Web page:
BATH, Maine – An enormous, expensive and technology-laden warship that some Navy leaders once tried to kill because of its cost is now viewed as an important part of the Obama administration's Asia-Pacific strategy, with advanced capabilities that the Navy's top officer says represent the Navy's future.
The stealthy, guided-missile Zumwalt that's taking shape at Bath Iron Works is the biggest destroyer ever built for the U.S. Navy.
The low-to-the-water warship will feature a wave-piercing hull, composite deckhouse, electric drive propulsion, advanced sonar, missiles, and powerful guns that fire rocket-propelled warheads as far as 100 miles. It's also longer and heavier than existing destroyers -- but will have half the crew because of automated systems.
'With its stealth, incredibly capable sonar system, strike capability and lower manning requirements -- this is our future.'
- Adm. Jonathan Greenert, chief of naval operations
"With its stealth, incredibly capable sonar system, strike capability and lower manning requirements -- this is our future," concluded Adm. Jonathan Greenert, chief of naval operations, who gave the warship his endorsement on a visit last week to Bath Iron Works, where the ships are being built.
It wasn't always this way.
The General Accounting Office expressed concerns that the Navy was trying to incorporate too much new technology. Some Navy officials pointed out that it's less capable than existing destroyers when it comes to missile defense, and a defense analyst warned that it would be vulnerable while operating close to shore for fire support.
Even its "tumblehome" hull was criticized as potentially unstable in certain situations.
The 600-foot-long ships are so big that the General Dynamics-owned shipyard spent $40 million to construct a 106-foot-tall building to assemble the giant hull segments.
And then there's the cost, roughly $3.8 billion apiece, according to the Navy's latest proposed budget.
Including research and development, the cost grows to $7 billion apiece, said Winslow Wheeler, director of the Straus Military Reform Project at the Center for Defense Information in Washington.
Because of cost, the originally envisioned 32 ships dipped to 24 and then seven. Eventually, program was truncated to just three. The first, the Zumwalt, will be christened next year and delivered to the Navy in 2014.
But Greenert told reporters that the ship fits perfectly into the new emphasis on bolstering the U.S. military presence in the Pacific in response to Asia's growing economic importance and China's rise as a military power.
Greenert didn't go into detail on how the new ship could be used. But the Defense Department has expressed concerns that China is modernizing its Navy with a near-term goal of stopping or delaying U.S. intervention in a conflict involving Taiwan. China considers the self-governing island a renegade province.
Defense officials also see a potential flashpoint in the South China Sea, where China's territorial claims overlap with those of other countries including Vietnam, the Philippines and Malaysia.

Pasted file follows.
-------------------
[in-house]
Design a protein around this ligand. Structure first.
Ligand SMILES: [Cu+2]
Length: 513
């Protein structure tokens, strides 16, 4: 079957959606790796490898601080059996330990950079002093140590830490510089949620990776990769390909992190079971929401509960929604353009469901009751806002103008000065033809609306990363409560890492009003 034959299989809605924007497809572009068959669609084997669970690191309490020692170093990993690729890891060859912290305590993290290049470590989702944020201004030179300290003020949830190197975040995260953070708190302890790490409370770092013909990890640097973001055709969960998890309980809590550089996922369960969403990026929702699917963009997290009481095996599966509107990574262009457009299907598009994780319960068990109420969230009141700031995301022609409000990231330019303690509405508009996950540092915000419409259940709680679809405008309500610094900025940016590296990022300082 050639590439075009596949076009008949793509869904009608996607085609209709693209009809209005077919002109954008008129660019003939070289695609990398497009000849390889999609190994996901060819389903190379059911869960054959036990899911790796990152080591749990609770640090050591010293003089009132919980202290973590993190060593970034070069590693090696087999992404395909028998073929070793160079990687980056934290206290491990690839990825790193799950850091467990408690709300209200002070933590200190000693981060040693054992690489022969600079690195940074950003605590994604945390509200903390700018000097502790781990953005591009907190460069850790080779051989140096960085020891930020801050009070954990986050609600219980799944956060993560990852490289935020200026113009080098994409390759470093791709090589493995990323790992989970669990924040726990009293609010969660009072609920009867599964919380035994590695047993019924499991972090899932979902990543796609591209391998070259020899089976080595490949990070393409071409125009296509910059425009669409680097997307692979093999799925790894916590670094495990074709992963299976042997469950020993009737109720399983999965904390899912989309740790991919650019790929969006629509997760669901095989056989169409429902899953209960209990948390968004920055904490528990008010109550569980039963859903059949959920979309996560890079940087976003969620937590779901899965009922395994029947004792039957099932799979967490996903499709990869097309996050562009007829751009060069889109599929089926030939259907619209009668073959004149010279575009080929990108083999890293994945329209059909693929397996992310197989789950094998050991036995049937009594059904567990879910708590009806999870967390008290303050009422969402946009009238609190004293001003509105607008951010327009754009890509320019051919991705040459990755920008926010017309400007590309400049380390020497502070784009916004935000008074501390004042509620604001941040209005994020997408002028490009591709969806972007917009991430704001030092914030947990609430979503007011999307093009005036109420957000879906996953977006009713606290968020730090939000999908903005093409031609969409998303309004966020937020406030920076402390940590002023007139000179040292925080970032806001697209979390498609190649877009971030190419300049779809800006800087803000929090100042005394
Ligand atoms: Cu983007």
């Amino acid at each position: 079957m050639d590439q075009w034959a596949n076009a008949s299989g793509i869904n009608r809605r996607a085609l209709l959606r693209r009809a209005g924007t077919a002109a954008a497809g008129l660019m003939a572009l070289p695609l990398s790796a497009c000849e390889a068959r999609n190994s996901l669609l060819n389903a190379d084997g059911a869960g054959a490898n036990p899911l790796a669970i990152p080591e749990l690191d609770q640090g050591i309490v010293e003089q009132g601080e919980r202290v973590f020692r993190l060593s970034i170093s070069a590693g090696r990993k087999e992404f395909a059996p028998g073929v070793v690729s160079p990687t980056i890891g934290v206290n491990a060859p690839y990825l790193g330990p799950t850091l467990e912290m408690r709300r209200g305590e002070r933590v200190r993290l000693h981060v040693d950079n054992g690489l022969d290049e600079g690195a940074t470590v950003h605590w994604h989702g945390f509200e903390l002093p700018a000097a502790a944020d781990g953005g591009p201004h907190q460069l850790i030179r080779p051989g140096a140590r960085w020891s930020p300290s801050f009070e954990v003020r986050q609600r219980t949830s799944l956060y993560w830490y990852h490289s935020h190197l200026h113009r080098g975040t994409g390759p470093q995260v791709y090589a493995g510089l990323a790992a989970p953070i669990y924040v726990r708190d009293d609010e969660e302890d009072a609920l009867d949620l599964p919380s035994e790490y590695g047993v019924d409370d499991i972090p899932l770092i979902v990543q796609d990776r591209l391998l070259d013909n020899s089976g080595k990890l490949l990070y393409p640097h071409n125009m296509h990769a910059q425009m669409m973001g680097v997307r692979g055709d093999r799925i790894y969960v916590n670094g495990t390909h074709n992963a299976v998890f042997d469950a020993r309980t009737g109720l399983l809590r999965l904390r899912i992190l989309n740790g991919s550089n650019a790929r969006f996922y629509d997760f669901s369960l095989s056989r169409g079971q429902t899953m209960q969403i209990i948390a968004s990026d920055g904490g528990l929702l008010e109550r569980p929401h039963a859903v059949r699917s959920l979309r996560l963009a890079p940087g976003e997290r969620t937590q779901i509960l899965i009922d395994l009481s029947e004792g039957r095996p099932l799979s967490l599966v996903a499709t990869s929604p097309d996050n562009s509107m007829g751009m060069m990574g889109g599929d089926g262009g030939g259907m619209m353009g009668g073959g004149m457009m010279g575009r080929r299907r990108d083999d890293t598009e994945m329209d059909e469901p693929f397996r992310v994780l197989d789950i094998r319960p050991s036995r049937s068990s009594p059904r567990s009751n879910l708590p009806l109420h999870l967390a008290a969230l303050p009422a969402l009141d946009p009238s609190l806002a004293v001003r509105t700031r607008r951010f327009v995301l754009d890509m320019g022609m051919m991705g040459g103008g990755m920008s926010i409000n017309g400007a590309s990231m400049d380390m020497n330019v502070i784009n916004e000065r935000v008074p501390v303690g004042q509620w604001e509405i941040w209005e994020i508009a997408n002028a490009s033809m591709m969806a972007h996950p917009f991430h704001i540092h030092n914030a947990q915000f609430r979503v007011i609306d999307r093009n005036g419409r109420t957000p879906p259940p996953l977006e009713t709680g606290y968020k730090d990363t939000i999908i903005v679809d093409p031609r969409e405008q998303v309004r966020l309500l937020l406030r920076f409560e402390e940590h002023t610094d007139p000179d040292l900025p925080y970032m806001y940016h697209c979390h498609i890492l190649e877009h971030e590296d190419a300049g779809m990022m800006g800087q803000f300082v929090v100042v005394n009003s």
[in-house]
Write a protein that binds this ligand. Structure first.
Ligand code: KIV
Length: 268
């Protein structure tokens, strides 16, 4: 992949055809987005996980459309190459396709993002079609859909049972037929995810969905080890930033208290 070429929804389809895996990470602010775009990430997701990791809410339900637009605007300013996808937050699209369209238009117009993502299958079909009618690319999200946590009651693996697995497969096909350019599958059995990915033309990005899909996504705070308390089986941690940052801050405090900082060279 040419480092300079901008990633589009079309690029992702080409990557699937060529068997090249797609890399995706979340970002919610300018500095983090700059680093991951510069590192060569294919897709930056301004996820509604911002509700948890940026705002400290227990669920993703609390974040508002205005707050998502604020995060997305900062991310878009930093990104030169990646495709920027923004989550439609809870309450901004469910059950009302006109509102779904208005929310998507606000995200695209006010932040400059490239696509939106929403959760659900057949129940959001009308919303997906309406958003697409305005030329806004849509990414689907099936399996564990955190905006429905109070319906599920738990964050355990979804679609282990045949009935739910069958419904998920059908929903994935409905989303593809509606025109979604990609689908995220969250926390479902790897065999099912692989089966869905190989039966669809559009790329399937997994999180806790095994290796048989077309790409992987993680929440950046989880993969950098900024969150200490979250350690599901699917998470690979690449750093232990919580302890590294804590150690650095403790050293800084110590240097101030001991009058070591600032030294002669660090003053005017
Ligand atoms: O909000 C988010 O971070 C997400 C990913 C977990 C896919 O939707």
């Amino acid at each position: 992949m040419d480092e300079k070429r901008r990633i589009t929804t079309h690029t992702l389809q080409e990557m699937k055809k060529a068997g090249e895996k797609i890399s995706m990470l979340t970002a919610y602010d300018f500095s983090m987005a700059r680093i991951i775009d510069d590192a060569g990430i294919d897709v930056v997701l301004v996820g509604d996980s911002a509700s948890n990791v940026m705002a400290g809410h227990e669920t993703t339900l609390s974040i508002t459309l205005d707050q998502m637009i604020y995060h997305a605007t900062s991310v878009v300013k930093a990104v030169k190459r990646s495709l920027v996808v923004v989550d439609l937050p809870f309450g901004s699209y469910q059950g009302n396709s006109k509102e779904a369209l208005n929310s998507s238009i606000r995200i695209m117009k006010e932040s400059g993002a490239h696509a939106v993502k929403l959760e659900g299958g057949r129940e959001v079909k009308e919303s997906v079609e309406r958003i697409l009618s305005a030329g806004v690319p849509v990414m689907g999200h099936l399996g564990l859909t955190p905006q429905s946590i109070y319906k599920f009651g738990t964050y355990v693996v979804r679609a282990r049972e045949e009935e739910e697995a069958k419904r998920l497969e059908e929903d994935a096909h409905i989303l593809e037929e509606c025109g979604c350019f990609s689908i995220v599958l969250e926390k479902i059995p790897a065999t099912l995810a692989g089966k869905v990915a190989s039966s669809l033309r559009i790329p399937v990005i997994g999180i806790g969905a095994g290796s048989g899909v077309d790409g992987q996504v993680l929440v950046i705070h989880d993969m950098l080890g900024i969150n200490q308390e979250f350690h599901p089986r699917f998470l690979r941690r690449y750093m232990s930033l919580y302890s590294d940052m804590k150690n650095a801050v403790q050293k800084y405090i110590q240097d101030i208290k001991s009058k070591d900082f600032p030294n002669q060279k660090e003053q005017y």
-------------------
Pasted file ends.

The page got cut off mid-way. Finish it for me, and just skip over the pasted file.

The Zumwalt's new technology will allow the warship to deter and defeat aggression and to maintain operations in areas where an enemy seeks to deny access, both on the open ocean and in operations closer to shore, the Navy says.
Jay Korman, industry analyst with The Avascent Group, said the warship uses so much new technology that it's viewed by the Navy as a "silver bullet" answer to threats. The only problem is the cost.
"They were looking to introduce so many new technologies at once, and the cost ballooned," he said. "I don't think people have changed their minds that it's a capable ship. It's just too expensive."
Unlike another new ship entering the Navy's arsenal -- the small and speedy "littoral combat ship" -- the Zumwalt will be heavily armored and armed.
The Zumwalt's 155 mm deck guns were built to pound the shore with guided projectiles to pave the way for the Marines to arrive in landing craft, and they're far more cost-effective in certain situations than cruise missiles, said Eric Wertheim, author of the "Naval Institute's Guide to Combat Fleets of the World."
The smaller crew also represents a substantial cost savings, he added.
Down the road, the ship could one day be equipped with an electromagnetic railgun, a powerful weapon that uses a magnetic field and electric current to fire a projectile at several times the speed of sound.
Production will stop after three ships, and the Navy will go back to building tried-and-true Arleigh Burke-class destroyers, 510-foot-long ships featuring a versatile Aegis radar system that's being modified for ballistic missile defense. Even with modifications, the ships will cost far less than the Zumwalt-class ships.
For Bath's 5,400 workers, the Zumwalt has been both exciting and challenging, with a new design and new construction techniques. In the coming months, workers will take delivery of the composite deck house and helicopter hangar, which are being built at the Huntington Ingalls shipyard in Mississippi. Those will be placed on the Bath-built hull.
"If anybody can do it and do it successfully, then I'm confident that's us," said Jay Wadleigh, vice president of Local S6 of the Machinists Union in Bath.